Sudden Death in Infants Could Have a Genetic Basis
Sudden Infant Death Syndrome (SIDS), paediatric mortality without established causes, accounts for 10% of infant deaths in the US. Typically, it occurs in infants less than a year old or young children up to 3 years. Since SIDS does not have any symptoms or clinical manifestations, there is not a lot of data available to investigate the cause of death. A recent research article published in Genetics in Medicine unravels a genetic basis for Sudden Unexpected Death in Pediatrics (SUDP), interchangeably used with SIDS.
The study was part of the Robert’s Program at Boston’s Children’s Hospital (BHC). It investigates the genetic basis of SUPD since most children with SIDS die before the age of one and do not have a long clinical and medical history. Therefore, this study investigates a uniquely unstudied population from a genetics perspective and introduces a level of phenotyping not previously seen.
Biology behind SIDS
In an interview discussion with GeneOnline’s CEO, Thomas Huang, the leading authors of the report Dr. Hyun Yong Koh (Postdoctoral fellow, BCH), Dr. Alireza Haghighi (Founding Director of the International Center for Genetic Disease, and Assistant Professor of Medicine, Brigham and Women’s Hospital, Harvard Medical School) and Dr. Richard Goldstein (Director of Robert’s Program, and Assistant Professor of Pediatrics, Boston Children’s Hospital, Harvard Medical School) spoke of their motivations, hypotheses and significant findings from this curiosity-based, exploratory research.
Dr. Alireza Haghighi
Dr. Haghighi put the study in perspective by explaining how the study design allowed them to expand the range of questions to be asked about SIDS, since most available data for SIDS patients are analysed in retrospect. With a multidisciplinary approach to including genotype and phenotype analysis from patients, the study allows identifying risk factors that could inform counselling and screening for siblings. “We provide strong evidence for a role of genetic factors in SUDP, involving both candidate genes and novel genes for SUDP and expanding phenotypes of disease genes not previously associated with sudden death,” he said.
Dr. Richard Goldstein
Dr. Goldstein said that a sizable genomic cohort allowed them to answer the fundamental question of SIDS being a sleep accident or if there is some underlying biology using newly developed analysis modalities such as the burden analysis.
Deriving Biologically Valuable Information from DNA Codes
Analysing exome sequencing data from over 350 infants who succumbed to SIDS over the last decade, and a subset of parents, the authors generated a list of 294 candidate genes with variants. Further analysis identified 109 rare variants, of which 37 could be defined as pathogenic and likely pathogenic according to the American College of Medical Genetics. Of them, 13 were associated with neurological disease, 18 with cardiac disease and 6 with systemic diseases.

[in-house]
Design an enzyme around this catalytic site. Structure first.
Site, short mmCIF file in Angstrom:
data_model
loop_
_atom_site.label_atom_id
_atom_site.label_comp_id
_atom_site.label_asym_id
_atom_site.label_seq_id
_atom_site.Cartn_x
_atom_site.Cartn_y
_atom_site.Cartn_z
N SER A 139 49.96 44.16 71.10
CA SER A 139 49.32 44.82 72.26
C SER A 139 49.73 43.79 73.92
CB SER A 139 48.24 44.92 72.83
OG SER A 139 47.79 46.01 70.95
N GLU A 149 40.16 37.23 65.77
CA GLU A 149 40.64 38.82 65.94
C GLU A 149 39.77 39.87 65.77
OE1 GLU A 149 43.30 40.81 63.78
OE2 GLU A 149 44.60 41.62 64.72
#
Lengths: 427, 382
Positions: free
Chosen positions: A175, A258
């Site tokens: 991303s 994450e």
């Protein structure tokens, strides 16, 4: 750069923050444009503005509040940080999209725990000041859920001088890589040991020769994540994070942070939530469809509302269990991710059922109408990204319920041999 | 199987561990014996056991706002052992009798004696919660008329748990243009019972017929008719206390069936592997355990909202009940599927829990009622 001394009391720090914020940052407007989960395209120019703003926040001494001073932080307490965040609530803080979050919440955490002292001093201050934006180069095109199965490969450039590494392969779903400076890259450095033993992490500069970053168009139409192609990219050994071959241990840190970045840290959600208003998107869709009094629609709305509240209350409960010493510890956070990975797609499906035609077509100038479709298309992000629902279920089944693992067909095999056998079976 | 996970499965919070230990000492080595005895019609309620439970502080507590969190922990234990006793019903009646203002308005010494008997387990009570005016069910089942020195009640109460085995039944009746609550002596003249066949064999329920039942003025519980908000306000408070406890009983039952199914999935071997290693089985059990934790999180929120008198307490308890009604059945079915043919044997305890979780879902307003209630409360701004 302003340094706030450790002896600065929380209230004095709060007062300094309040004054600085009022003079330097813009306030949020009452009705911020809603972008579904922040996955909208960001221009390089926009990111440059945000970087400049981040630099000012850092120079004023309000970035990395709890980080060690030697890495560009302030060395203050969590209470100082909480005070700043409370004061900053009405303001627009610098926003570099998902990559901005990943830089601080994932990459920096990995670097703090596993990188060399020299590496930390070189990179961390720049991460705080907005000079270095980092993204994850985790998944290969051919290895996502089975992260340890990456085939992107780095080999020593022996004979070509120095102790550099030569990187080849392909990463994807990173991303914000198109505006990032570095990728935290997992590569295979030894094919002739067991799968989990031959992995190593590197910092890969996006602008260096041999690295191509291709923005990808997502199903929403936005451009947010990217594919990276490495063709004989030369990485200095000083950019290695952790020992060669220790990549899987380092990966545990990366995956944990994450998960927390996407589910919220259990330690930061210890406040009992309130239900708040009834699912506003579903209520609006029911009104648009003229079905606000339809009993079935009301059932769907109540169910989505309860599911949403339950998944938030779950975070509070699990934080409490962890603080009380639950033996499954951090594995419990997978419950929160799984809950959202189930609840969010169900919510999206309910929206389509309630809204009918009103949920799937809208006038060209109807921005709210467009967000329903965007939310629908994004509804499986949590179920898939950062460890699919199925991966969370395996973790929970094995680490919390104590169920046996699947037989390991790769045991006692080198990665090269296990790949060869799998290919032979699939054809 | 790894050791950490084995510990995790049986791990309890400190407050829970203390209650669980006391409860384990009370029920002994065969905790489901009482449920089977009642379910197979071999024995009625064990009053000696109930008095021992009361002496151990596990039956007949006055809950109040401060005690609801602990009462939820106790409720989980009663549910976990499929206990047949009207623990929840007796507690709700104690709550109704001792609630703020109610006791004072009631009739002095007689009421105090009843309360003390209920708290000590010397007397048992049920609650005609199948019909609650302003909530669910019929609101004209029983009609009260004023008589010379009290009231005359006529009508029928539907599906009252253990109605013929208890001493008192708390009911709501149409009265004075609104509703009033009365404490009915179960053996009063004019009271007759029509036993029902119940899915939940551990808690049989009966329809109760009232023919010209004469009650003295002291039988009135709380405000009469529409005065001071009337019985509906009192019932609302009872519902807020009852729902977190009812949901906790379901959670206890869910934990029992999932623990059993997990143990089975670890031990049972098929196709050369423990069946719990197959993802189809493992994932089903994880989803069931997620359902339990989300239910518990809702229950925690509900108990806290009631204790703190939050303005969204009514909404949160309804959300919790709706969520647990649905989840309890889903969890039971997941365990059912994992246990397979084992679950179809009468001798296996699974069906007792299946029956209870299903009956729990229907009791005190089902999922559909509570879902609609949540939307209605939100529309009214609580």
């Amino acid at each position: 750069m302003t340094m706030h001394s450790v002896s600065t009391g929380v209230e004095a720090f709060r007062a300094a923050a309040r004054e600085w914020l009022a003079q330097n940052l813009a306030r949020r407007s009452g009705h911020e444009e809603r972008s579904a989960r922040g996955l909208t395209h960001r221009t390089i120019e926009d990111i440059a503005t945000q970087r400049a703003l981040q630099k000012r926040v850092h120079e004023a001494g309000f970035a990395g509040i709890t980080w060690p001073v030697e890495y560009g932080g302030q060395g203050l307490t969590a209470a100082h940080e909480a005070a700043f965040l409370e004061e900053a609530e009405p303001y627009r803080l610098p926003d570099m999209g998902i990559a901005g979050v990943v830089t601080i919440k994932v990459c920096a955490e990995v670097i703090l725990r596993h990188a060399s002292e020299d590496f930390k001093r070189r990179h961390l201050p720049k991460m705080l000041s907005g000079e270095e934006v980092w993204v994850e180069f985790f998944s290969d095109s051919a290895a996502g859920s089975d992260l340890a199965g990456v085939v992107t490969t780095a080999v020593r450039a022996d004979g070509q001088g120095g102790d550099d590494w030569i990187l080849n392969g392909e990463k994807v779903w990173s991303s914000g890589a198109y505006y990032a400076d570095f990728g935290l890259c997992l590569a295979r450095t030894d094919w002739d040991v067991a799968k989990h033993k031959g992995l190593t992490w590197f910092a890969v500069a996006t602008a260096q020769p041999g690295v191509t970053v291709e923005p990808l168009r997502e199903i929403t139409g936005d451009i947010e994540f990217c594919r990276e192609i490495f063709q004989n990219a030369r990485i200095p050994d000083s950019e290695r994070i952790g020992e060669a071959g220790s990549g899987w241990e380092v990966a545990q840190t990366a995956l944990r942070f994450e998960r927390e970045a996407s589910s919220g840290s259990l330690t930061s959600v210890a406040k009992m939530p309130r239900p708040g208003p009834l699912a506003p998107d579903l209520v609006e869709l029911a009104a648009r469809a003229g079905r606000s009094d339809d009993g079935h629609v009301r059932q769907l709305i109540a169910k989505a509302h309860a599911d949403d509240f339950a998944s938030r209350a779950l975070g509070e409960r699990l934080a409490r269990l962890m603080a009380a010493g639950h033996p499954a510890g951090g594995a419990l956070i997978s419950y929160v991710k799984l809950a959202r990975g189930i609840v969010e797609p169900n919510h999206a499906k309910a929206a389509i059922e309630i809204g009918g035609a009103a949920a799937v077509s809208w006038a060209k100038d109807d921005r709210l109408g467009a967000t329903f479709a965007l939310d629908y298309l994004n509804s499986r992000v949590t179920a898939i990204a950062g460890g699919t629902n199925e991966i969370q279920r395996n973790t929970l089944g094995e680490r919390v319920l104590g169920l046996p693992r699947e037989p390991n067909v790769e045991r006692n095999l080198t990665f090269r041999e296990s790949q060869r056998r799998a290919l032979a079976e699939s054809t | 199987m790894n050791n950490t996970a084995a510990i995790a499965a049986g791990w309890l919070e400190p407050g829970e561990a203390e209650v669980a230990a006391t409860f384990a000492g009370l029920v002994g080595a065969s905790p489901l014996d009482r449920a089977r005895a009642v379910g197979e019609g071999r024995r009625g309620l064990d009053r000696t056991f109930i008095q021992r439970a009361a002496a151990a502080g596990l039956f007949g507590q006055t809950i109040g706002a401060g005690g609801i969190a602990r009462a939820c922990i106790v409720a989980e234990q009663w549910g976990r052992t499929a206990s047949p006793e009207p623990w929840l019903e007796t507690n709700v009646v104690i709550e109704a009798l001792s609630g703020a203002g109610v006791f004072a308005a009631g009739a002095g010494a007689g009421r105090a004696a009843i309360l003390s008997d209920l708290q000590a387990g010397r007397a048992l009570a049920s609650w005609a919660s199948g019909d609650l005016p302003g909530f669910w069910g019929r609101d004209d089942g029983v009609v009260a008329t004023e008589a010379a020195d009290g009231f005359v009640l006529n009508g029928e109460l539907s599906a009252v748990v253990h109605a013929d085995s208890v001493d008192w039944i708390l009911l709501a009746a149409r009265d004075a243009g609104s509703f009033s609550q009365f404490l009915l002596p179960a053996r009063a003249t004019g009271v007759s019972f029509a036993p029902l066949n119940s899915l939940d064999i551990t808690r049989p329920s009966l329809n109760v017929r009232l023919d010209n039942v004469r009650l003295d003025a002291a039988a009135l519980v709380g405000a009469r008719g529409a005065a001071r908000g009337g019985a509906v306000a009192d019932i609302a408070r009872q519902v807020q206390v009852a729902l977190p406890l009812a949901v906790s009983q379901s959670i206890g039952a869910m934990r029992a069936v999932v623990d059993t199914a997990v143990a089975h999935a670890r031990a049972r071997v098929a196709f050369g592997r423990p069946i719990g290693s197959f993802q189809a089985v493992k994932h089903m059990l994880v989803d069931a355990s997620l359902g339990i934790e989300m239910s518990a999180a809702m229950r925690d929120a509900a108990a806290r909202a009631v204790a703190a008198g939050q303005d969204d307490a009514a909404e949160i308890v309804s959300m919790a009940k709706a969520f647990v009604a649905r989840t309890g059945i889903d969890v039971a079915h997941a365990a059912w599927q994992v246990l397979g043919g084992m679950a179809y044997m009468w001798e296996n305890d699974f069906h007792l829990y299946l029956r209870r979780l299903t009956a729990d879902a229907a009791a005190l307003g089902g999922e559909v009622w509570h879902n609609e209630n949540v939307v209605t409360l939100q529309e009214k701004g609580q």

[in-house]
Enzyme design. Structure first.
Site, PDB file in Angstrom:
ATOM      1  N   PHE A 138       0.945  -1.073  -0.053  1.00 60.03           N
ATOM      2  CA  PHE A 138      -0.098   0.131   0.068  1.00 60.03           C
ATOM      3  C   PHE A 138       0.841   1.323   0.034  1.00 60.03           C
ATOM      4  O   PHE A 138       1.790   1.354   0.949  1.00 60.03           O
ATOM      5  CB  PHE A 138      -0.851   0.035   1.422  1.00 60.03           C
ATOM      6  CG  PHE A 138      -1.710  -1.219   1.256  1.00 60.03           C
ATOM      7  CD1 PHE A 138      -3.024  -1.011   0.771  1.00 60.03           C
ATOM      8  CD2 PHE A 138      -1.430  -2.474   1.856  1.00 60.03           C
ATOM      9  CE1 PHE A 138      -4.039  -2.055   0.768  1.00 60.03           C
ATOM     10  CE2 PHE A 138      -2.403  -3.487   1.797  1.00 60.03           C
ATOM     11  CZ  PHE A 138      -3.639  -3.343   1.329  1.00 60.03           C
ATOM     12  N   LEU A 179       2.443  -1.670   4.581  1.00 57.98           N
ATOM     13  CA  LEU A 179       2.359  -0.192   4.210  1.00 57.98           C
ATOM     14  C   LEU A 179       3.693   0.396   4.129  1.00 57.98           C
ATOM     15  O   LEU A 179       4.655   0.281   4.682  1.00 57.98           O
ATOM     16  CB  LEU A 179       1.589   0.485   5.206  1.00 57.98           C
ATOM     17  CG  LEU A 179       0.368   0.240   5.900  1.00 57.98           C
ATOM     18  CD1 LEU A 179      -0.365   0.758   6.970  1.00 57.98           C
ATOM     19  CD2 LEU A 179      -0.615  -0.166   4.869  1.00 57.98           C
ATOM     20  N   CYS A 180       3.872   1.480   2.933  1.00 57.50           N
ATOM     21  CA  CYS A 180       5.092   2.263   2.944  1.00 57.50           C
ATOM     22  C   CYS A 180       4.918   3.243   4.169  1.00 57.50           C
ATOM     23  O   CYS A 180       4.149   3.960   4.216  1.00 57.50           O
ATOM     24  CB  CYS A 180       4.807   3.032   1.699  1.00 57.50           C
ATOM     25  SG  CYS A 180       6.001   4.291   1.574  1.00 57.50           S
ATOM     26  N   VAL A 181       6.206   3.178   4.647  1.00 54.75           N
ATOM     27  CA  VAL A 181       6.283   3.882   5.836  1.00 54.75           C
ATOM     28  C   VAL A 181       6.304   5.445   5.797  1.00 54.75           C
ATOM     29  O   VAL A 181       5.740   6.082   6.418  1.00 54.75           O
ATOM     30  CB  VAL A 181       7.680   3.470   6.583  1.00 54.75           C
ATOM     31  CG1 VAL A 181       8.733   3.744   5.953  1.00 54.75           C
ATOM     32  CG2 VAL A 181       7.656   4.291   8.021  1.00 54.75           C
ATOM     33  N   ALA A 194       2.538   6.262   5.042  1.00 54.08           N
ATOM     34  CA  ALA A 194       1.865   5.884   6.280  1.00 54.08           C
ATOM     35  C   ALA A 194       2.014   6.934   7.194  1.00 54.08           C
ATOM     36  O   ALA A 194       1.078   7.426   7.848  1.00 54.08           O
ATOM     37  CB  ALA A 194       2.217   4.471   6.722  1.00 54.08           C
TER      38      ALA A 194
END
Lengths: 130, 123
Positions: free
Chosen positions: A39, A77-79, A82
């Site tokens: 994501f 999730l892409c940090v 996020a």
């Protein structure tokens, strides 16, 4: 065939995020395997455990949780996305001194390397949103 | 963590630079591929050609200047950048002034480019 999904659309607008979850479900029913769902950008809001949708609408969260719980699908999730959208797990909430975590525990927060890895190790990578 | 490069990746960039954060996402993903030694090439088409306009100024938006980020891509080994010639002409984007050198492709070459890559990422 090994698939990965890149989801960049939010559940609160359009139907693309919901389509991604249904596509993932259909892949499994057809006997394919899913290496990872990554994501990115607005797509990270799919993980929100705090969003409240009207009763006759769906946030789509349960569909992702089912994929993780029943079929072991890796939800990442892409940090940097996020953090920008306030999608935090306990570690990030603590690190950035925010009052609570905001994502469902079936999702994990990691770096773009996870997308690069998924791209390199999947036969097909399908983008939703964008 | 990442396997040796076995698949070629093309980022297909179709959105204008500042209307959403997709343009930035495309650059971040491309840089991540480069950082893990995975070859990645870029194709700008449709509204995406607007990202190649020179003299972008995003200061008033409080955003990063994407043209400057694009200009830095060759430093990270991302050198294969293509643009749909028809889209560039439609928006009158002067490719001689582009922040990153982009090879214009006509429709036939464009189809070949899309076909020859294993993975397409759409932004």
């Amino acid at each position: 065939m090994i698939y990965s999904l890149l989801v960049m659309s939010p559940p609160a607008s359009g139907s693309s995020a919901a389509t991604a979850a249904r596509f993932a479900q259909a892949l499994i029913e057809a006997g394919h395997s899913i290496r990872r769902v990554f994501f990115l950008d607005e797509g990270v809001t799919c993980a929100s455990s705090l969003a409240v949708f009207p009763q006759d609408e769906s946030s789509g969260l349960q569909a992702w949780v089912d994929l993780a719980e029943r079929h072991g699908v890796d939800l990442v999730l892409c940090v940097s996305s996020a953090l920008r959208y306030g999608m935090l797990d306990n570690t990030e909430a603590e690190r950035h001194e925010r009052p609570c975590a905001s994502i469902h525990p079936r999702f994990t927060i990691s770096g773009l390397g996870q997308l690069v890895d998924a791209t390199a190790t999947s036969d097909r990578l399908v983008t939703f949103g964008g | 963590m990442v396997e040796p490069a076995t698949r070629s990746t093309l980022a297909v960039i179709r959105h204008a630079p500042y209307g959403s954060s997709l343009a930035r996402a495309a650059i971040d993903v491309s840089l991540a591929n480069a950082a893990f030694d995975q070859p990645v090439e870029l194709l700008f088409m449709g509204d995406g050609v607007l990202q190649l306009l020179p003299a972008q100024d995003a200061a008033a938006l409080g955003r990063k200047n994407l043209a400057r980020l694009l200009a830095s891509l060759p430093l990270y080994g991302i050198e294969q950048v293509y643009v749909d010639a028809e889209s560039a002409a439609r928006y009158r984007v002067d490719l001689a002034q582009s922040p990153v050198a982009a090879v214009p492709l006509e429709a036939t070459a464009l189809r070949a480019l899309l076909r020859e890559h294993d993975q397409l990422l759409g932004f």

To understand genetic and phenotypic linkages, authors corroborated variant analysis in a subset of patients and parents with detailed family history to identify new variants for sudden death in paediatrics. “This unbiased trio/quad-approach to analyse SIDS is innovative. It helps to identify and interpret variants. If you identify a variant that is inherited from one parent and hypothesize that the variant causes that condition, but then you identify the same variant in the parent, you would think that it’s unlikely that that variant caused the condition,” Haghighi noted.
Co-author Dr. Koh explained the methodology to decide on the pathogenicity of a variant which involved discussing each case and their variant candidates with specialists from endocrinology, neurology, pathology, cardiology etc to understand how each of the genetic determinants could have contributed to SIDS. Speaking of the multidisciplinary approach to the analysis of genetic data, he said “genes associated with epilepsy and cardiac diseases are frequently identified, even when the phenotype has not yet shown itself.
Dr. Hyun Yong Koh
Through this genetic work, we can establish evidence for these associations. Many of our results rely not only on academic findings but on the patients’ families as well as clinical accomplishments. This is a good example of precision medicine.” The next step would be to identify the mechanism by which these genes result in SIDS. Dr. Koh emphasized the need of functional analysis using cell line/animal models to understand the clinical manifestation of the new variants.
As a proof-of-concept, this study shows a possible way of uncovering the reason for SIDS which is a very important step to help families to understand what happened, cope with loss and identify risk factors for other family members.
The next step would be to design diagnostics and therapeutics. The first step towards understanding of what are the factors that could have contributed to death would be to develop and validate hypotheses with more collaborative work. Ultimately, this kind of population-level studies can identify risk factors for surveillance and possible areas of intervention.©www.geneonline.com All rights reserved. Collaborate with us: email@example.com